Through history, many dynasties have fought for control over the Indian subcontinent. Succeeding in ruling over parts of it, each dynasty built forts and palaces to guard their territories borders, as garrisons for their troops, as royal residences for their ruling families and as mausoleums for their loved ones when they passed away.
Some of the cities, forts and palaces you will see on this tour are:
It is from the ramparts of this majestic building, in Delhi that the Indian Prime Minister addresses the nation every August 15th or Indian Independence Day. Built during the reign of the Mughal Emperor Shah Jahan (1628-58), this magnificent fort, made of red sandstone, was the seat of governance of the Emperor. Within the fort is the Diwan-e-Khas or Hall of Special Audience and Diwan-e-Am or Hall of the People, where the Emperor held court and dispensed justice. The fort contains a museum of arms and weaponry. There is a sound and light show in the evening that depicts the history of the fort and the life and times of the medieval rulers of Delhi.
This elegant monument in Delhi was the first tomb to be set within a formal garden, in the Indian subcontinent. Commissioned by Hamida Begum, Humayun's wife, after his death in 1556, this mausoleum's symmetrical proportions and setting on a large platform influenced the design of other monuments, including the Taj mahal.
Old Fort or Purana Qila
Completed by Sher Shah during his reign (1540-1545) this massive fort is located in South-East New Delhi. The Octagonal tower or Sher Mandal was used by Humayun as a library. It was on the steps of this library that he fell and died while trying to kneel upon hearing a Muezzin's call to prayer.
The mosque of Sher Shah and the Delhi Zoological Park are also located near the fort. Numerous migratory birds from colder regions in Central Asia and Russia fly south and spend the winter in the warmer environs of Delhi Zoo.
Cities of Forts and Palaces
The capital of Rajasthan is around 258 km from Delhi and 232 km from Agra. The great warrior king Sawai Jai Singh II (1693-1743) laid the foundation of the city in 1727. He was one of the few kings of his time who had a scientific temper and was concerned about the welfare of his citizens. The city was well planned and had one of the best drinking water systems in the medieval world. Amer Fort, a grand monument, the Hawa Mahal and the royal observatory or Jantar Mantar are places worth visiting in Jaipur. The Gangaur and Teej festivals are colourfully celebrated in this city. Jaipur is also known for the fine handicraft, jewellery and textiles produced by skilled traditional craftsmen.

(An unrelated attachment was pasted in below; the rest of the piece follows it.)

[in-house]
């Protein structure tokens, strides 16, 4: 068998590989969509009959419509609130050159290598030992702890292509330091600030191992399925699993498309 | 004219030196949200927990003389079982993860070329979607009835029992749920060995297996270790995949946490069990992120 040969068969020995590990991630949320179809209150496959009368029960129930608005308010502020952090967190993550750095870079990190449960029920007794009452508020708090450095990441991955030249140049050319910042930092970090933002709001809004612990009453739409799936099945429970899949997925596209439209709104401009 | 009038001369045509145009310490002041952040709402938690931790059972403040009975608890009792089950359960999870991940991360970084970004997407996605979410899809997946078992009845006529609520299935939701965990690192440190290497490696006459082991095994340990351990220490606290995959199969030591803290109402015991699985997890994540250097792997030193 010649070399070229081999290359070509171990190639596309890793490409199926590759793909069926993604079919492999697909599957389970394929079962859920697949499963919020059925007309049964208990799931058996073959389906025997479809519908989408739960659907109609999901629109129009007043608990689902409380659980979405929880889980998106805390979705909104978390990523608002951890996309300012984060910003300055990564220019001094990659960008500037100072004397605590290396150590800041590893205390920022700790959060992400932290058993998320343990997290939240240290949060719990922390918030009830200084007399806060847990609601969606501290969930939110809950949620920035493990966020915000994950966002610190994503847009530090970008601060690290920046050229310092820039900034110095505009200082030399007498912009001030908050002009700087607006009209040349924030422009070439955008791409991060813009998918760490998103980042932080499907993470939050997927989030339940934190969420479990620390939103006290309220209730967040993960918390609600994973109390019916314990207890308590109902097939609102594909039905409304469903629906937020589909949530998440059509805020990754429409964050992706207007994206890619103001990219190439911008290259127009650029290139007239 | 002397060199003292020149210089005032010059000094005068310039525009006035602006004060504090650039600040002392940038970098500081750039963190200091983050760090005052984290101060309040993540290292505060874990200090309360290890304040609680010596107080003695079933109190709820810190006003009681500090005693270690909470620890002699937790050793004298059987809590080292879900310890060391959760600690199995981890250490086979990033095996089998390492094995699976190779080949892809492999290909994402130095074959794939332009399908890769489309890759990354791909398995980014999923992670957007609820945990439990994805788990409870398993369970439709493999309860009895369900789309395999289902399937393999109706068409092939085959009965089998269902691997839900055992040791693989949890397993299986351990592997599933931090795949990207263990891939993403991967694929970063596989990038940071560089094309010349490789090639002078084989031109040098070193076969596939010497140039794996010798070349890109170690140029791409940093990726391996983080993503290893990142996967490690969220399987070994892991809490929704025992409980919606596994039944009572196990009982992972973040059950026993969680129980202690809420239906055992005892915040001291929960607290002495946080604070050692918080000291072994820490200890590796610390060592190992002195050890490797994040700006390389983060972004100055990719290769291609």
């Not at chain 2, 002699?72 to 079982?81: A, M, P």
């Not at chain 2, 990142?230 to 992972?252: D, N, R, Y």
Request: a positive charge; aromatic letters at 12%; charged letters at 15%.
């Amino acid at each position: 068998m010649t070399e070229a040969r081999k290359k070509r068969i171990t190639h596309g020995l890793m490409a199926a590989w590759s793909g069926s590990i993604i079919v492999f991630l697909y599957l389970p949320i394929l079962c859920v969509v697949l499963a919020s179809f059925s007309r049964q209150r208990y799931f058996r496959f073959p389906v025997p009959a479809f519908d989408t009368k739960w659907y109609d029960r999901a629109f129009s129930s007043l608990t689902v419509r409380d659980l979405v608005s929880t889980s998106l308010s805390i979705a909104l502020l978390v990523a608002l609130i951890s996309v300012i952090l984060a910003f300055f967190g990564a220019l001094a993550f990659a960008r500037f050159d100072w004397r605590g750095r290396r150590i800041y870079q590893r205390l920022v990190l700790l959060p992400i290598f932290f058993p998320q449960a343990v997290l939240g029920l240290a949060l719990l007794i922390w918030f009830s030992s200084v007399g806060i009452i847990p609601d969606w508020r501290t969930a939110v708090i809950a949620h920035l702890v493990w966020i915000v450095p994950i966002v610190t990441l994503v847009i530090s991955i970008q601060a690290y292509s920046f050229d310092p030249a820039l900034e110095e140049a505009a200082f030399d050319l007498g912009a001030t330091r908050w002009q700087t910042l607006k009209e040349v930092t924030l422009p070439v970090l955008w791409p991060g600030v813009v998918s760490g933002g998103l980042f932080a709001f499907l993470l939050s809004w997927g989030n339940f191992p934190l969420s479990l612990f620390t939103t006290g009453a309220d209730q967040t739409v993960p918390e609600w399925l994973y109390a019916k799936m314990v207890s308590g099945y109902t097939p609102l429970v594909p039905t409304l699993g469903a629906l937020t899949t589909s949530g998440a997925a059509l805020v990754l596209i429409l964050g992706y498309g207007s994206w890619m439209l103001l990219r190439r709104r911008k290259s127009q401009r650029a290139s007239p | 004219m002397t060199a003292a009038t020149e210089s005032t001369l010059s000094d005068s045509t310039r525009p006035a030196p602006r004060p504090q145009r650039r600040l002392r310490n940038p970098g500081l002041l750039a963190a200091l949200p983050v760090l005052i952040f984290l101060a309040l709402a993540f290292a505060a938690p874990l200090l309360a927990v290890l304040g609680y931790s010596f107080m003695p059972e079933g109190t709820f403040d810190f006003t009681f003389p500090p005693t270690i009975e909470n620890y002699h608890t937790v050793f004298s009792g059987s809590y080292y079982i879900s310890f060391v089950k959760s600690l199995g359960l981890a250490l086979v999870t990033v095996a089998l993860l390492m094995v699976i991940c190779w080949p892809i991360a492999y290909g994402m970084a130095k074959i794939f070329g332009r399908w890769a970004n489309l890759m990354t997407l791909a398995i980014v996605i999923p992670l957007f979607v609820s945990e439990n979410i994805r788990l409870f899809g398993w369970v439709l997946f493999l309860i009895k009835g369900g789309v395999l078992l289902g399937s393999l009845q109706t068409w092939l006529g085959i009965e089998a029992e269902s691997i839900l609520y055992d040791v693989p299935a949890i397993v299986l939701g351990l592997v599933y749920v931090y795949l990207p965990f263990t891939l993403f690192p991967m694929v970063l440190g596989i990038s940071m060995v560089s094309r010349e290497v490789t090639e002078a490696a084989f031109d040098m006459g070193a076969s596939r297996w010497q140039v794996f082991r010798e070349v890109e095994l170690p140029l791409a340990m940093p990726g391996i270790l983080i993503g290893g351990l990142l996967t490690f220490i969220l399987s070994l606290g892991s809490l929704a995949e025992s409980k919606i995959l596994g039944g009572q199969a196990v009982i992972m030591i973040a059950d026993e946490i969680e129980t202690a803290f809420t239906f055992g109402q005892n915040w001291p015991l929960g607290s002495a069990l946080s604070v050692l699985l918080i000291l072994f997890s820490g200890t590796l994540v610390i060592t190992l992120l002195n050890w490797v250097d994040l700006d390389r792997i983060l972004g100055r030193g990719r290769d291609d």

Situated in the westernmost part of Rajasthan, in the heart of the great Thar Desert this city was founded by Bhatti Rajput Rawal Jaisal in 1156. The fort in Jaisalmer is called the Golden Fort because of the colour of the sandstone blocks of which it is made. The Fort, beautiful old havelis or mansions, the Jain temples and the sand dunes at Sam, where the sunset is spectacular, are all must-sees in Jaisalmer. The Desert Festival in winter is a popular tourist attraction
Situated in the heart of Rajasthan this desert city is the capital of the Rathore clan. The magnificent Mehrangarh Fort set on a high hill overlooks the city. The grand Umaid Bhavan Palace and the Jaswant Thada are sights worth seeing on a tour of Jodhpur.
Situated in the north of Rajasthan, Bikaner also has a glorious past with courage of courage, endurance and valour. It was in 1488 that a Rathore Prince, Rao Bikaji (a descendant of the founder of Jodhpur, Rao Jodhaji), established his kingdom here. It has faced many foreign intrusions and fought a number of wars with the Mughals and the British. Sights to see include the Junagarh Fort, the Lalgarh Palace, the Kali temple, the Ganga Golden Jubilee museum and the Camel Research Farm. The camel festival held in the month of January is also an event worth witnessing
This city is named after Maharana Udai Singh of the Sisodia dynasty. The most memorable sights in Udaipur are its lake palaces, shimmering like jewels on Lake Pichola. Overlooking the aquamarine waters of the Lake Pichola stands the shimmering granite and marble Lake Palace. Jag Niwas, the summer residence of the princes of Mewar, is today a magnificent luxury hotel. Jag Mandir, the other island palace, with a marble dome, is a marvel in red sandstone.